A long time ago I observed that people who did not go to college had a tendency to drag out the styles of their high school years a little too long. In the late nineties, I saw it in the form of bangs teased six inches above the head and jeans that were pegged tight enough at the ankles to cut off circulation. Yes, I am willing to admit that I once did the same thing, but I also had enough sense to quit. (Though some part of me still wishes for big hair to come back in vogue - it looked good on me. I don't miss the amount of time it took to accomplish the look, though.)
I will also admit that I don't have much of a sense of style today, either. I mostly wear solid-colored short-sleeve shirts and jeans or capris. Boring, I know - but I digress. I'm not sure why college seemed to be the defining factor, but it seems that inevitably those who are holding on to long-buried fashion trends didn't make the journey into the hallowed halls of higher education.
Why do we tend to live in the past? It seems that lately I've been stuck in the nineties; reminiscing about high school and college days, thinking of old friends, big mistakes, and fun times. I've spent a few hours lately updating my playlist with songs that flood my head with random memories, and I'm not ashamed to admit I have thoroughly enjoyed it.
It seems that every song has its own memory attached; One Headlight reminds me of a particularly bad date during my college years. Shine brings back Friday and Saturday nights cruising the strip with the radio cranked up as loud as it would go. When I hear Whomp, There It Is, I inevitably remember a rainy day riding back from a band trip to Indianapolis (was it the state football championships?) with the entire band hollering along. Informer takes me back to the physics class spent outside shooting off model rockets; the teacher used mine for a demo, shot it straight into a power line, and I wound up losing points because it didn't go far enough. Some kid in a blue Iroc-Z drove by about that time, thumping out Informer from speakers that he obviously felt the need to show off.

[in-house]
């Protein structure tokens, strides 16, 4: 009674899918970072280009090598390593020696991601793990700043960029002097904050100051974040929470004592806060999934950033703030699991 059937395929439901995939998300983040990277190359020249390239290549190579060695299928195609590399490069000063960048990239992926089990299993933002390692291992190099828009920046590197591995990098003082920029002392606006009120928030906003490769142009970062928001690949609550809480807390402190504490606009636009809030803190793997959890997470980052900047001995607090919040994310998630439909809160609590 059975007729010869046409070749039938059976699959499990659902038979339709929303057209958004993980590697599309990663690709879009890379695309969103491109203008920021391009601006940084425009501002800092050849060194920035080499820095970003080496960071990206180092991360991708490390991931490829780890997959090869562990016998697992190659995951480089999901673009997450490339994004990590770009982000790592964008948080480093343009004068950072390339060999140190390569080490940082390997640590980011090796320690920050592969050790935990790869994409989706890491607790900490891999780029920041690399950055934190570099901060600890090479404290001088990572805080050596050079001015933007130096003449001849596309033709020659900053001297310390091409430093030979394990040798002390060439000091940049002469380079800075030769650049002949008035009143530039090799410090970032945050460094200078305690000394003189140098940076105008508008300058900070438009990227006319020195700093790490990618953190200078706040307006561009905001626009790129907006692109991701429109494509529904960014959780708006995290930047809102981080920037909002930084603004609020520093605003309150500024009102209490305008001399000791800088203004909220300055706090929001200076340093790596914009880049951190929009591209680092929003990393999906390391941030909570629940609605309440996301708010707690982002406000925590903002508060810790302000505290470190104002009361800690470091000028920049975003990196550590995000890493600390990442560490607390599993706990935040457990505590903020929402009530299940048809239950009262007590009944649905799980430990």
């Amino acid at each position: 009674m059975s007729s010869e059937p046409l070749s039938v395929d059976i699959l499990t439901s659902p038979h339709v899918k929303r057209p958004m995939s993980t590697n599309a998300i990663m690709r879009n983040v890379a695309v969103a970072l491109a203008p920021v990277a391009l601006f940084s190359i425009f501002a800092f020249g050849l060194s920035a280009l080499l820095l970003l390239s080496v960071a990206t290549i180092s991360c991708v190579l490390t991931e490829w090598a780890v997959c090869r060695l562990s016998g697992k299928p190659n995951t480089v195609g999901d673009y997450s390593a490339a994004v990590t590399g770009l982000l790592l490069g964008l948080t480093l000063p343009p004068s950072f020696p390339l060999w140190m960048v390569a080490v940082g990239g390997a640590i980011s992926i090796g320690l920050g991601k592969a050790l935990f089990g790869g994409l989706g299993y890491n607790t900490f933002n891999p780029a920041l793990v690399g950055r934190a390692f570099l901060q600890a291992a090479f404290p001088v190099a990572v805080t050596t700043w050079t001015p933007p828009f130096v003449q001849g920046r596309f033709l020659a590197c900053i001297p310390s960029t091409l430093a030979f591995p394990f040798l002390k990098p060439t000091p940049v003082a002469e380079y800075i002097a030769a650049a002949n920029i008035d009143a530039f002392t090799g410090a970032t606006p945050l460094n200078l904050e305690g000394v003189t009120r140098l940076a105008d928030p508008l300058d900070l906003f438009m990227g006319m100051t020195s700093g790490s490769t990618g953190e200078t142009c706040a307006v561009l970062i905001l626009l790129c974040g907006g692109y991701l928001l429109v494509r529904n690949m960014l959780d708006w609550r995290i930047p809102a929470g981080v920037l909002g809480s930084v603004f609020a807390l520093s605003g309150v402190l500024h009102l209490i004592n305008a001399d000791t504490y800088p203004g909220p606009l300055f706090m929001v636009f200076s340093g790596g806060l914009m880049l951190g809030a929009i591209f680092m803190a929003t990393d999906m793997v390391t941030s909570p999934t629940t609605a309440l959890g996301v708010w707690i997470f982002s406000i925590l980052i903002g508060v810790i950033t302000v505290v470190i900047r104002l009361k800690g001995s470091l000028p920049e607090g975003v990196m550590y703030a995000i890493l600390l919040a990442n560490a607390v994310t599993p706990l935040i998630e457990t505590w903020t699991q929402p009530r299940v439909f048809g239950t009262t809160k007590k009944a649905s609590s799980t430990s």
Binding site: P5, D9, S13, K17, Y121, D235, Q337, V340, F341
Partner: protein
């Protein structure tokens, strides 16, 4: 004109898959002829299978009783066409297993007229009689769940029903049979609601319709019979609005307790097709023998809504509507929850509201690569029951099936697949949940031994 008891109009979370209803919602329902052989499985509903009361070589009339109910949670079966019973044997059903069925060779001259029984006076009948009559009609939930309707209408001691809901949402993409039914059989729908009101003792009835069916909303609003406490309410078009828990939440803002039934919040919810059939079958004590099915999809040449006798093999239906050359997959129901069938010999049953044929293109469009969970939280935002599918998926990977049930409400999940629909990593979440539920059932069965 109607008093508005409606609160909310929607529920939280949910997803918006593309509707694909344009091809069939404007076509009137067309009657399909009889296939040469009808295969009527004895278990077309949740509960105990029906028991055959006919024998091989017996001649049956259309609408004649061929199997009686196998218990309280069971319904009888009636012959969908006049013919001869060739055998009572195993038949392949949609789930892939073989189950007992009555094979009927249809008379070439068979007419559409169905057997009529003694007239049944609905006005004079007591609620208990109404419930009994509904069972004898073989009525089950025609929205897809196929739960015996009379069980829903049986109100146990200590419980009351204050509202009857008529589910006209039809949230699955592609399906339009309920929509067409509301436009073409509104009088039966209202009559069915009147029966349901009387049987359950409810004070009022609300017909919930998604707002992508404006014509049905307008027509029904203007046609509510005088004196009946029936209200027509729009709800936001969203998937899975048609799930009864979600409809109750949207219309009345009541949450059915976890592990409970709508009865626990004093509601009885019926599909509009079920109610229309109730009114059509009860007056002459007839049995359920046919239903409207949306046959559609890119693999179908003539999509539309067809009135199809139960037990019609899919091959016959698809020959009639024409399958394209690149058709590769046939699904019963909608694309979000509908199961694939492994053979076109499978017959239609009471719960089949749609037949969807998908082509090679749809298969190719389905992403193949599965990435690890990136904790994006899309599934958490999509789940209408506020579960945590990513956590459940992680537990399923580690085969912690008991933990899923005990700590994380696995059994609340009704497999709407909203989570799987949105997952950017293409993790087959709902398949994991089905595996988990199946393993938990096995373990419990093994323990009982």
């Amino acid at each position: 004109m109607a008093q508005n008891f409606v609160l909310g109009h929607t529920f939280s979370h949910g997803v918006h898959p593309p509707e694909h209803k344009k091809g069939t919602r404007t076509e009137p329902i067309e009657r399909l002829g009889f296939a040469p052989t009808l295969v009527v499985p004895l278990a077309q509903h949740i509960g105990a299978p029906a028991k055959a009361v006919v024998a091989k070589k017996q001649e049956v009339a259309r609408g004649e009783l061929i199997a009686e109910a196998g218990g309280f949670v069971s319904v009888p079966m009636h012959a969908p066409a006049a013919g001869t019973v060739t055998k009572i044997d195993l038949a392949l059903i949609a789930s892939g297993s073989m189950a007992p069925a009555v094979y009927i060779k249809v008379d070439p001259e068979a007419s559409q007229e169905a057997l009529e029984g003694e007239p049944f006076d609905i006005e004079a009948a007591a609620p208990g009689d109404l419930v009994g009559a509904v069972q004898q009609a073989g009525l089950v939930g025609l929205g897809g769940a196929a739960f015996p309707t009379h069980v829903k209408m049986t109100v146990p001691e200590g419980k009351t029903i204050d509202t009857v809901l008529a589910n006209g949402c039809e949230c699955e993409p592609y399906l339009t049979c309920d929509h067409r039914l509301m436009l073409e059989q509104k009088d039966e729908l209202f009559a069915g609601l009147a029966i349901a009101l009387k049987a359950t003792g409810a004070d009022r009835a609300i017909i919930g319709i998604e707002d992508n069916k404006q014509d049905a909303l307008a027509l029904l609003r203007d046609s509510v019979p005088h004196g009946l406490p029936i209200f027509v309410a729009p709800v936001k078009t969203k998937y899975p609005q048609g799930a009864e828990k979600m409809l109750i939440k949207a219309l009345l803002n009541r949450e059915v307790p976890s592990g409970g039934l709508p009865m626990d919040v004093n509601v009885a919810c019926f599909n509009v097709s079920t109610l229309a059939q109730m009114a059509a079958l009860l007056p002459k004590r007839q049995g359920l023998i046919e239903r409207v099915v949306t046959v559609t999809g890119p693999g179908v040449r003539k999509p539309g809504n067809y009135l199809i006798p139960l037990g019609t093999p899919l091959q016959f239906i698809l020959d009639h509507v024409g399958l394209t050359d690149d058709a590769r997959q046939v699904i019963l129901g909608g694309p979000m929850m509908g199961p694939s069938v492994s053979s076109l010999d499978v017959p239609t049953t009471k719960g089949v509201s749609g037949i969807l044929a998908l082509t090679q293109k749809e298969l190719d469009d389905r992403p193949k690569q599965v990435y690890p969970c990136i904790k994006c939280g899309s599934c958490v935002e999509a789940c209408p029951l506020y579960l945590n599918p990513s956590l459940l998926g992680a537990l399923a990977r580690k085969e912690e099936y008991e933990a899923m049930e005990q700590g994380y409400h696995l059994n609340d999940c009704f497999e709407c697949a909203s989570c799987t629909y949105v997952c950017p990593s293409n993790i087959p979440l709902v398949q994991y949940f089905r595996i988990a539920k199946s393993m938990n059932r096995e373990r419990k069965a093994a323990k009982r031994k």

I loved Color Me Badd, but didn't dare buy a CD because I knew my parents would throw it out since every other song title had the word "sex" in it. My college roommie and I would clean our dorm to Alanis Morisette's Jagged Little Pill, cranked up loud enough to motivate us to actually do the work. I used to laugh hysterically to the line "pissing the night away" in Tubthumping, because at first I didn't know that "pissing" could mean also mean drinking. More Than Words was the anthem of my first summer at Bible camp. I think they must have played Brown-Eyed Girl at least a dozen times at our senior banquet.
Funny how music can take you back. Over the last few years, I've quit listening to the new stuff. It doesn't hold the same appeal that it used to. I'm just not a fan of the hip-hop, synthesized, unoriginal stuff. Granted, not all of my nineties stuff was much better, but today's music just doesn't do it for me anymore. I am much more likely to listen to talk radio, or the nineties station that I can only pick up for about ten minutes when I cross the Georgia state line on I-24.
Maybe it's because life was simpler then... or was it? I suppose I've really just traded one set of complications for another, and even though retrospect tells me that the problems of yesterday are far less serious than the ones I have today, it never seemed so at the time, not in my limited experience. Even so, when I find myself buried in bills and work and death and sorrow, I wish, just for a moment, I could backtrack to the days when homework and boyfriends were the biggest concern, and Def Leppard and Sheryl Crow strained from the radio.